More effective method to learn Japanese is learn words and grammatical rules first, then learn kanji, associating them with already known words. To start with, I don't even know why Duo use kanji at this stage of learning, especially in such a confusing way. If Duo utilizes more or less the same concept as Rosetta Stone do ("learn naturally as you learnt your first language as a child"), it should use kana only.

stop thinking of japanese as other languages

It's its writing system which differs, linguistically Japanese is not that different. For example, Japanese grammatical cases may be pretty confusing for an English speaker, but they are much more understandable for a Russian speaker such as myself.


More effective method to learn Japanese is learn words and grammatical rules first, then learn kanji, associating them with already known words

I disagree, learning Kanji should start right at the beginning. After learning hiragana, which should be done in 2 weeks.

learn naturally as you learnt your first language as a child

That just takes more time, why would you study like a child if you already know a lot of things that a child don't, that just sounds moronic to me and an excuse to not learn kanji right away.

Also a japanese child is already exposed to kanji 24/7 since they live in japan. A foreigner doesn't have that luxury, waiting to study words first and then kanji is doing double the work. Once your brain gets used to like 50 kanji the rest get's easier and after a while your brain also starts to associate the kanji to the meaning instead of the meaning to the kanji, if that makes sense.

It's its writing system which differs, linguistically Japanese is not that different

fair enough.


What does wa exactly mean?


In case anyone else newbie is having issues with using a Japanese keyboard here. It took me a few mistakes to realize the ヨ is ョ here, if you're sounding it out. Jiyo doesn't work but Jyo will. Should have realized sooner but yeah, maybe it'll save someone some time lol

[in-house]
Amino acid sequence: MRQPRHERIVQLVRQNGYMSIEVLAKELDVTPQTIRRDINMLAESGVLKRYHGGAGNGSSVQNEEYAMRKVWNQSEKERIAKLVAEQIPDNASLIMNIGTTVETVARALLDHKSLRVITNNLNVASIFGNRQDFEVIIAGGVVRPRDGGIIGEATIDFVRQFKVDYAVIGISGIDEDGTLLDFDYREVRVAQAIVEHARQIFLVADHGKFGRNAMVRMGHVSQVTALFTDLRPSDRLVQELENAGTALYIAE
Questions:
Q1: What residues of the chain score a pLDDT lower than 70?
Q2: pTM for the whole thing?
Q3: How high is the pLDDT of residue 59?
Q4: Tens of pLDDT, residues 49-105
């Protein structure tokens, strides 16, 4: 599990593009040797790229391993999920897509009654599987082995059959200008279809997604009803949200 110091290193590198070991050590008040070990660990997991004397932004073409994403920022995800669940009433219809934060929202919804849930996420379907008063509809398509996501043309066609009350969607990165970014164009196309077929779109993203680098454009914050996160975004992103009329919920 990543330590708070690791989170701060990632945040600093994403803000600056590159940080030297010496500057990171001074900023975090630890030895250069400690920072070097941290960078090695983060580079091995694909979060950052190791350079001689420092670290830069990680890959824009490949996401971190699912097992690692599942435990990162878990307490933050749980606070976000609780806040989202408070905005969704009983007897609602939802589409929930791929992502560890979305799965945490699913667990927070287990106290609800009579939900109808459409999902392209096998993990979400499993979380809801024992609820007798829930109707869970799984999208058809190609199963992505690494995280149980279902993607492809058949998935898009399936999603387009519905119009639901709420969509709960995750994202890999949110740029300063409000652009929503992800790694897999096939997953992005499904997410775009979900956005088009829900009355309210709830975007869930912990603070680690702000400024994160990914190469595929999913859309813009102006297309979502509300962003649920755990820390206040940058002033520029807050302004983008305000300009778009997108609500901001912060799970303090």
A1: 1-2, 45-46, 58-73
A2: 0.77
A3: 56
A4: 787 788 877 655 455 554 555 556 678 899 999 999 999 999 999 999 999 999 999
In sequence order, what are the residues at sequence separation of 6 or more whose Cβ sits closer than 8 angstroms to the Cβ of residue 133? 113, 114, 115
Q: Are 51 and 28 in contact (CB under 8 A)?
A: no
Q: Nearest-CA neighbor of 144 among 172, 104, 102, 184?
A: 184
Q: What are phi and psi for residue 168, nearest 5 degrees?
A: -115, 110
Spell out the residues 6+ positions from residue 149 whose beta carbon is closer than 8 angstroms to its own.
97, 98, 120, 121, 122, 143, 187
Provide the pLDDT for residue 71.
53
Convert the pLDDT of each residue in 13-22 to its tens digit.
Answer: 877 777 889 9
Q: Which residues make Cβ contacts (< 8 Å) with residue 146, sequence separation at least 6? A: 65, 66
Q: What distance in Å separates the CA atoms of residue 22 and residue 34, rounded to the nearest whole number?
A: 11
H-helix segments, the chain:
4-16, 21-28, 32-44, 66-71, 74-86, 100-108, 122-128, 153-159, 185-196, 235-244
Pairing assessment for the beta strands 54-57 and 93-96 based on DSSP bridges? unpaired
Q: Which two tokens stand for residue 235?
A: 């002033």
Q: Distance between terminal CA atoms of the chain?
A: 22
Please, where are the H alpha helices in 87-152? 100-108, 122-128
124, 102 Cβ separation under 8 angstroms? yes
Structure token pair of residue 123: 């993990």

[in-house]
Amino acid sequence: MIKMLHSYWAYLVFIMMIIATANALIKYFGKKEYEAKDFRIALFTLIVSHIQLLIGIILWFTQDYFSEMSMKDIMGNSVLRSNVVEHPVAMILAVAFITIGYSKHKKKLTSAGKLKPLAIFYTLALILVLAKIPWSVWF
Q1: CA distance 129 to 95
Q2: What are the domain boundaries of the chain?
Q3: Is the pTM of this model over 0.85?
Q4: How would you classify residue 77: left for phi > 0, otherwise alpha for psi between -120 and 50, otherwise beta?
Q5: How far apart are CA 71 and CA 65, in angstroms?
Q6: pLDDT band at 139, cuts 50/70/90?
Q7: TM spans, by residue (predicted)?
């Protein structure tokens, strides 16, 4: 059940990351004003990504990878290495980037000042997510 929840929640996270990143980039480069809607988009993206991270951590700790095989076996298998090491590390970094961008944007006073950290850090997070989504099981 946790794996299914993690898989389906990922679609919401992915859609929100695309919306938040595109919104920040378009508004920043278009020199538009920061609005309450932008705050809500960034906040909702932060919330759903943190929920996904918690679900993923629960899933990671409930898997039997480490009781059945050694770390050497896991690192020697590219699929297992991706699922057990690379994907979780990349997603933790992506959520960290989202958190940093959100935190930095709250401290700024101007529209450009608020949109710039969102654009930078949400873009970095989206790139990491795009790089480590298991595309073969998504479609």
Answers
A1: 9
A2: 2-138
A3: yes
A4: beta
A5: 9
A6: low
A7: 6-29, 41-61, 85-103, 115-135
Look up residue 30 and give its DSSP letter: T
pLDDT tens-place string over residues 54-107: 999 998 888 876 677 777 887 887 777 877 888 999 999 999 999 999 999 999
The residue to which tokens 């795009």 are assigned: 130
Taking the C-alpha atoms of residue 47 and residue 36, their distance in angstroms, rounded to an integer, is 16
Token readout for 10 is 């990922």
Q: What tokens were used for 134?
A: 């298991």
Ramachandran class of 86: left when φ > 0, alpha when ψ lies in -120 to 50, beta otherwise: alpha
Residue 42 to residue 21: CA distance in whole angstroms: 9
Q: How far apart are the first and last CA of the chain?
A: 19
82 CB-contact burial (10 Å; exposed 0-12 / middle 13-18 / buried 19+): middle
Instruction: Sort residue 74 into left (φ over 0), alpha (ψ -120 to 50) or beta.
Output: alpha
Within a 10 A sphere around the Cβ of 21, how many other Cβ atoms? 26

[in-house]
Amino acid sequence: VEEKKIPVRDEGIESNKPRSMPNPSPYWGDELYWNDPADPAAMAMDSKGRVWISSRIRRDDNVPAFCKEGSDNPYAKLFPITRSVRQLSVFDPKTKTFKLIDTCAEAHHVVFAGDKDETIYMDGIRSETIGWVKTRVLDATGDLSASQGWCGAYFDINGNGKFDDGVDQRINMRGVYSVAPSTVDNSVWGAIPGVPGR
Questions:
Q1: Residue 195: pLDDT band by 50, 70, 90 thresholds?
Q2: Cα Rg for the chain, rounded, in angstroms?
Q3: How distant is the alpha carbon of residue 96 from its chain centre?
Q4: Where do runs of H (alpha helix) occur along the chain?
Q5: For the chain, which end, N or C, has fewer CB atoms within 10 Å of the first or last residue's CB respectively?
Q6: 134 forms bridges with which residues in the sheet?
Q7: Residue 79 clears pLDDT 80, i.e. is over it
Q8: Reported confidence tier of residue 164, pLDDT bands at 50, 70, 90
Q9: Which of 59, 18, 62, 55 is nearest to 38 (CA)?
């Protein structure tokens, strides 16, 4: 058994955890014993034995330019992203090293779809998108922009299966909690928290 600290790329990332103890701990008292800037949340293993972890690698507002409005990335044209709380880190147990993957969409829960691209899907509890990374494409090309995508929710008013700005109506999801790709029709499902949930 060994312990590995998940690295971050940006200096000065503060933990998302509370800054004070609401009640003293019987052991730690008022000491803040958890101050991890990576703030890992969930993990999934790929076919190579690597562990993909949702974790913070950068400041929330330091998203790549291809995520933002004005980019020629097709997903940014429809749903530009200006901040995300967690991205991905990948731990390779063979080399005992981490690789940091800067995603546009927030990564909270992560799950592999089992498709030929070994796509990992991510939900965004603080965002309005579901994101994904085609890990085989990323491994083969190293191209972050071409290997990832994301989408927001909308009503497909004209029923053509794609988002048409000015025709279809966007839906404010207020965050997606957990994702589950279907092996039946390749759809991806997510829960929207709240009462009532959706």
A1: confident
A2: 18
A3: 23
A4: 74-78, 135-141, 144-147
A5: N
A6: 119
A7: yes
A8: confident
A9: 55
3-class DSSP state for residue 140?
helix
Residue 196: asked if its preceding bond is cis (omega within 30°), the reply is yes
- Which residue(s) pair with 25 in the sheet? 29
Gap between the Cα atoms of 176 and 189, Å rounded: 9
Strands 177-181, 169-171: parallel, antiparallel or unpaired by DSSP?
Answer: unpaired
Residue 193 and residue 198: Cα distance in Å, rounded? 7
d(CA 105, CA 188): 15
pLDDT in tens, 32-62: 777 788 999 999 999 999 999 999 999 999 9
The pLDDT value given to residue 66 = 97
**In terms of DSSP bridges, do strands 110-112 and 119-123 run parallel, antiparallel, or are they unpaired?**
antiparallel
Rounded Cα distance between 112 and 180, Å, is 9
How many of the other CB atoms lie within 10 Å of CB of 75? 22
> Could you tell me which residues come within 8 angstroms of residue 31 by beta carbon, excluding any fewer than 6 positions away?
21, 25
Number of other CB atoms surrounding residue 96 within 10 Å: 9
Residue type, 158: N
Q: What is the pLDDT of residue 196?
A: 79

I have been taught sounds for each symbol but I font know what they mean in a sentence so this is hard to do


Can you use が instead of は as a particle in this example?


I feel it would be too strong - it would be like saying Is JOHN an American? as opposed to Is John an American? Others may disagree however.


Sorry for reporting this sentence, I thought the man reads jin wrong xd


Instead of and on the picture it said an


Do you have to tell the difference between "is mr. john an American?" and "Mr John, are you American?" Out of tge context?


Would be nice to know exactly which character I'm writing wrong because I wrote this damn sentence until my hearts ran out and it keep saying I'm wrong except the answer is identical to my reply!


Normally when the subject is an unknown (which often is the case in questions) i'm pretty sure you use [subject] GA [...] instead of WA(ha). But i think Duolingo doesn't want to further confuse people with those minor details.


My answer looks just exactly as the one Duolingo gives me. Unfortunately, it tells me I'm wrong. What may be the problem? :(


How the crap do I spell John in the Japanese keyboard???


"Jyon" works on mine.


What is the difference between ジヨン and ジョン? I put ジヨン at first and I marked wrong. Does it make a big difference to the word?